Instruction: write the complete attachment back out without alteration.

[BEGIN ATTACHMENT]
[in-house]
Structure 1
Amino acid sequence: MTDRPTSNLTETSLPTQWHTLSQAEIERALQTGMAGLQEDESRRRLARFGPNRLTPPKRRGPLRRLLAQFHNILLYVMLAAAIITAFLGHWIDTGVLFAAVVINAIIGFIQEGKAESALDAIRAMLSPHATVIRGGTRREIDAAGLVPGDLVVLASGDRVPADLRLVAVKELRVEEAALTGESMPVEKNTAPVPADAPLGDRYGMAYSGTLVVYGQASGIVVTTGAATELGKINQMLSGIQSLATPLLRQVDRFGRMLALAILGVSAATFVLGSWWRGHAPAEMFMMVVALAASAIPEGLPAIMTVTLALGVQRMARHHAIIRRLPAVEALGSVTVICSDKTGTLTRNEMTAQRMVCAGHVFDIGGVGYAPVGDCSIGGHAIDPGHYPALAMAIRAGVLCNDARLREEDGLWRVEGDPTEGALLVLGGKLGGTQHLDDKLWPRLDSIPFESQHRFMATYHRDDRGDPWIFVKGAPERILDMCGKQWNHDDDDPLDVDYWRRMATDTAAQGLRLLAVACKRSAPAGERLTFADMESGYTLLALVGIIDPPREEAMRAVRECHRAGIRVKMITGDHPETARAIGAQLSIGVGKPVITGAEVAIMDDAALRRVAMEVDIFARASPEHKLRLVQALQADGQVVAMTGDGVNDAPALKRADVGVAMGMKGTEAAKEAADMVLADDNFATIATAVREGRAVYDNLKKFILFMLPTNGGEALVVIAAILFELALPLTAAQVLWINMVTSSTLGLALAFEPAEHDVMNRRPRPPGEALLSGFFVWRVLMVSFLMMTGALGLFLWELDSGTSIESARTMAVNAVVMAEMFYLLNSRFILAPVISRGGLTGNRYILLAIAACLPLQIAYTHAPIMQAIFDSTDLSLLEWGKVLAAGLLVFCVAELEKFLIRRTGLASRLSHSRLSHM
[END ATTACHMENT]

[in-house]
Structure 1
Amino acid sequence: MTDRPTSNLTETSLPTQWHTLSQAEIERALQTGMAGLQEDESRRRLARFGPNRLTPPKRRGPLRRLLAQFHNILLYVMLAAAIITAFLGHWIDTGVLFAAVVINAIIGFIQEGKAESALDAIRAMLSPHATVIRGGTRREIDAAGLVPGDLVVLASGDRVPADLRLVAVKELRVEEAALTGESMPVEKNTAPVPADAPLGDRYGMAYSGTLVVYGQASGIVVTTGAATELGKINQMLSGIQSLATPLLRQVDRFGRMLALAILGVSAATFVLGSWWRGHAPAEMFMMVVALAASAIPEGLPAIMTVTLALGVQRMARHHAIIRRLPAVEALGSVTVICSDKTGTLTRNEMTAQRMVCAGHVFDIGGVGYAPVGDCSIGGHAIDPGHYPALAMAIRAGVLCNDARLREEDGLWRVEGDPTEGALLVLGGKLGGTQHLDDKLWPRLDSIPFESQHRFMATYHRDDRGDPWIFVKGAPERILDMCGKQWNHDDDDPLDVDYWRRMATDTAAQGLRLLAVACKRSAPAGERLTFADMESGYTLLALVGIIDPPREEAMRAVRECHRAGIRVKMITGDHPETARAIGAQLSIGVGKPVITGAEVAIMDDAALRRVAMEVDIFARASPEHKLRLVQALQADGQVVAMTGDGVNDAPALKRADVGVAMGMKGTEAAKEAADMVLADDNFATIATAVREGRAVYDNLKKFILFMLPTNGGEALVVIAAILFELALPLTAAQVLWINMVTSSTLGLALAFEPAEHDVMNRRPRPPGEALLSGFFVWRVLMVSFLMMTGALGLFLWELDSGTSIESARTMAVNAVVMAEMFYLLNSRFILAPVISRGGLTGNRYILLAIAACLPLQIAYTHAPIMQAIFDSTDLSLLEWGKVLAAGLLVFCVAELEKFLIRRTGLASRLSHSRLSHM